It is also worth noting that the memo simply assumes that working more closely with UNRWA is a desirable thing. This ignores the continuing revelations of anti-Semitic content in the curricula in UNRWA schools, and the deep problems in that controversial agency. The Biden administration may wish to ignore all this, as if it did not really exist and the complaints about UNRWA were just a passing Trump phenomenon. But that will not work, because UNRWA’s problems are deep and widely known—not least in Congress.
The same holds for the PA’s own schools. For example, Norway announced in 2020 that it was withholding funds earmarked for PA schools because some of the curricula promoted violence and anti-Semitism. In 2017 Belgium froze funding when a school it was funding was named after a terrorist who perpetrated a massacre that killed 38 civilians—including 13 children.
A “reset” of relations with the PA and PLO leadership, especially if Hamas wins a role in the legislature and is given control of some ministries, is going to be difficult and controversial. The memo says “The last Palestinian elections were held 15 years ago, and half of the young population has never had a chance to vote. But the implications of an election remain uncertain: the collapse of a power-sharing agreement after the prior elections led to the Hamas takeover of Gaza.” If I were on Secretary Blinken’s staff, I would kick this memo back downstairs to ask that it take account of all those coming problems, and how Congress will react to them.
The second issue is the memo’s assumption that U.S. policy should be built around the two-state solution, as if the Oslo Accords had been signed recently rather than a quarter-century ago. The memo says the Biden administration's goal should be “to advance freedom, security, and prosperity for both Israelis and Palestinians in the immediate term which is important in its own right, but also as means to advance the prospects of a negotiated two-state solution.” The memo is correct, in my view, to see how the Abraham Accords can be used: “In these new normalised relationships, we will look for opportunities to support Israeli-Palestinian peace efforts and improve the quality of life for the Palestinian people.”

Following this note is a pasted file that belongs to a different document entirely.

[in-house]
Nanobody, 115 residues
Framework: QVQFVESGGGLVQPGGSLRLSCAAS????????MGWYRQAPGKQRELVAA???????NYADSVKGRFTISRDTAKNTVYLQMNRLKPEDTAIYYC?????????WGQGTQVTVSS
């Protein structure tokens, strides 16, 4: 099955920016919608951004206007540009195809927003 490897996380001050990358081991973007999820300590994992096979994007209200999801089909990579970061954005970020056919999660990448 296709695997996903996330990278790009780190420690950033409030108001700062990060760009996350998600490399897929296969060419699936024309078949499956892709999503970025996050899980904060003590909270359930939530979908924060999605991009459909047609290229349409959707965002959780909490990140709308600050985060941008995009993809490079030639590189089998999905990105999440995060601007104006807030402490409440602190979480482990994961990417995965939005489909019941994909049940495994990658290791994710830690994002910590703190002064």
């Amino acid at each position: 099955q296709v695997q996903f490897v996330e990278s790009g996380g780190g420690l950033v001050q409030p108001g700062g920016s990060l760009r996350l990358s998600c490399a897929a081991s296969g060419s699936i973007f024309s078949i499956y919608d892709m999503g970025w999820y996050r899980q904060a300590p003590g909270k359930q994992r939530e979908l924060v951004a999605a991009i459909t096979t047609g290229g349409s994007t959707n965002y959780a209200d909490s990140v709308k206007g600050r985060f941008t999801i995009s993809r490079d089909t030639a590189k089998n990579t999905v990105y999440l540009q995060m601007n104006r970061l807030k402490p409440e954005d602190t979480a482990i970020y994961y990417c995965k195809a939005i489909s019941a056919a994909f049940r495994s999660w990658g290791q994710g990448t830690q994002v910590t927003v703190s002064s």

The memo argues for “rolling back certain steps by the prior administration that bring into question our commitment or pose real barriers to a two-state solution, such as country of origin labelling.” It is plain silly to think that such product labelling is actually a barrier to a two-state solution. What’s more striking is that on this subject there is no new thinking. There is simply a return to position papers from the Obama administration, and to the very old tradition of seeking smooth relations with the PA leadership no matter how bad their treatment of their own people.
But what if Hamas joins the PLO, which signed the Oslo Accords, after the Palestinian elections (likely after the scheduled PLO internal parliamentary elections, for the Palestine National Council, scheduled for August 31). In that case a terrorist group that is completely opposed to Oslo and to the two-state solution would be gaining influence and power in the PLO and the PA. Would it still be sensible to seek closer relations with the Palestinian leadership, and strengthen that “connective tissue?”
Perhaps there are other significant parts of the memo not described by The National, and in any event this is (to repeat) a memo to not from the secretary of state. Nevertheless, it is a rare early insight into administration policy on the Israeli-Palestinian conflict. From what it shows, the “new” or “reset” policy will not be very new at all: it will instead be a return to patterns of conduct that were tried and found wanting in the past.